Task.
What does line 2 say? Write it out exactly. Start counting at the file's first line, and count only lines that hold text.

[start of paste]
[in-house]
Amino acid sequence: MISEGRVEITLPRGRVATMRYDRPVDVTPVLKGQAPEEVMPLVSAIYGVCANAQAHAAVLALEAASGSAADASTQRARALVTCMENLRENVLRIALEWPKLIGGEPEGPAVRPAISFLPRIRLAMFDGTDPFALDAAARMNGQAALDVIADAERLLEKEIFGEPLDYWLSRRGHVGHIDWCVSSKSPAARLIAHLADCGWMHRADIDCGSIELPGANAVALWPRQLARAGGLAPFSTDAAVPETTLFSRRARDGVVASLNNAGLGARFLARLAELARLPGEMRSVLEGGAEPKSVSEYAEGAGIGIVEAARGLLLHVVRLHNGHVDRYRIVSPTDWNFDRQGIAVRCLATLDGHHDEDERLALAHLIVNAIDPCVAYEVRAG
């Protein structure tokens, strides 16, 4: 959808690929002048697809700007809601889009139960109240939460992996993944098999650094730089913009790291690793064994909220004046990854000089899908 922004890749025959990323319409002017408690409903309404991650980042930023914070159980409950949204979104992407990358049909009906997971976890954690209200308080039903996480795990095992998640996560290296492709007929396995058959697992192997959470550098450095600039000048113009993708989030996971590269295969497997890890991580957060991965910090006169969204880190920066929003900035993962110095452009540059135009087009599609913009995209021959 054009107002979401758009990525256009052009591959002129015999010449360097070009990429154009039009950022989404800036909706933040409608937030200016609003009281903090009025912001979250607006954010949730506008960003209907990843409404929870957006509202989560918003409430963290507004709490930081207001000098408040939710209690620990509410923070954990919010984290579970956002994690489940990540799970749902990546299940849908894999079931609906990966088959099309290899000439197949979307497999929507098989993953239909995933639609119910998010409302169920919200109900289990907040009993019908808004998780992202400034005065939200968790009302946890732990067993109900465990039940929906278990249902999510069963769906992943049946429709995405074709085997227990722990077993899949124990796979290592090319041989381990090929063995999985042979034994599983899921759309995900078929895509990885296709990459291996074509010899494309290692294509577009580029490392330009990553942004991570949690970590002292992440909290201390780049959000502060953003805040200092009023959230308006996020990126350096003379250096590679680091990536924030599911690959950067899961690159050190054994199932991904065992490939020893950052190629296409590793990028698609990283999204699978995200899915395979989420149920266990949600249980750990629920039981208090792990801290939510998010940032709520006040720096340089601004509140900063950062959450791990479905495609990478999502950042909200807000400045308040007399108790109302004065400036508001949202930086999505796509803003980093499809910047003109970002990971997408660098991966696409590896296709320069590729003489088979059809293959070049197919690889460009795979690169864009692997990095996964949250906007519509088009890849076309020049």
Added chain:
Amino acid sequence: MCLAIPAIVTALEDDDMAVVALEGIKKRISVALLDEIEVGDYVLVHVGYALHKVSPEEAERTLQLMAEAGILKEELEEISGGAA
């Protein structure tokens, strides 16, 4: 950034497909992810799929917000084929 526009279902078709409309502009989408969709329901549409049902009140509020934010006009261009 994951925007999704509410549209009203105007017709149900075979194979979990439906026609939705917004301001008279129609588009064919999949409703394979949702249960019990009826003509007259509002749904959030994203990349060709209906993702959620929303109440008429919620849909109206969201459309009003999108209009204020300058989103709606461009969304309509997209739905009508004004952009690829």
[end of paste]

Amino acid sequence: MISEGRVEITLPRGRVATMRYDRPVDVTPVLKGQAPEEVMPLVSAIYGVCANAQAHAAVLALEAASGSAADASTQRARALVTCMENLRENVLRIALEWPKLIGGEPEGPAVRPAISFLPRIRLAMFDGTDPFALDAAARMNGQAALDVIADAERLLEKEIFGEPLDYWLSRRGHVGHIDWCVSSKSPAARLIAHLADCGWMHRADIDCGSIELPGANAVALWPRQLARAGGLAPFSTDAAVPETTLFSRRARDGVVASLNNAGLGARFLARLAELARLPGEMRSVLEGGAEPKSVSEYAEGAGIGIVEAARGLLLHVVRLHNGHVDRYRIVSPTDWNFDRQGIAVRCLATLDGHHDEDERLALAHLIVNAIDPCVAYEVRAG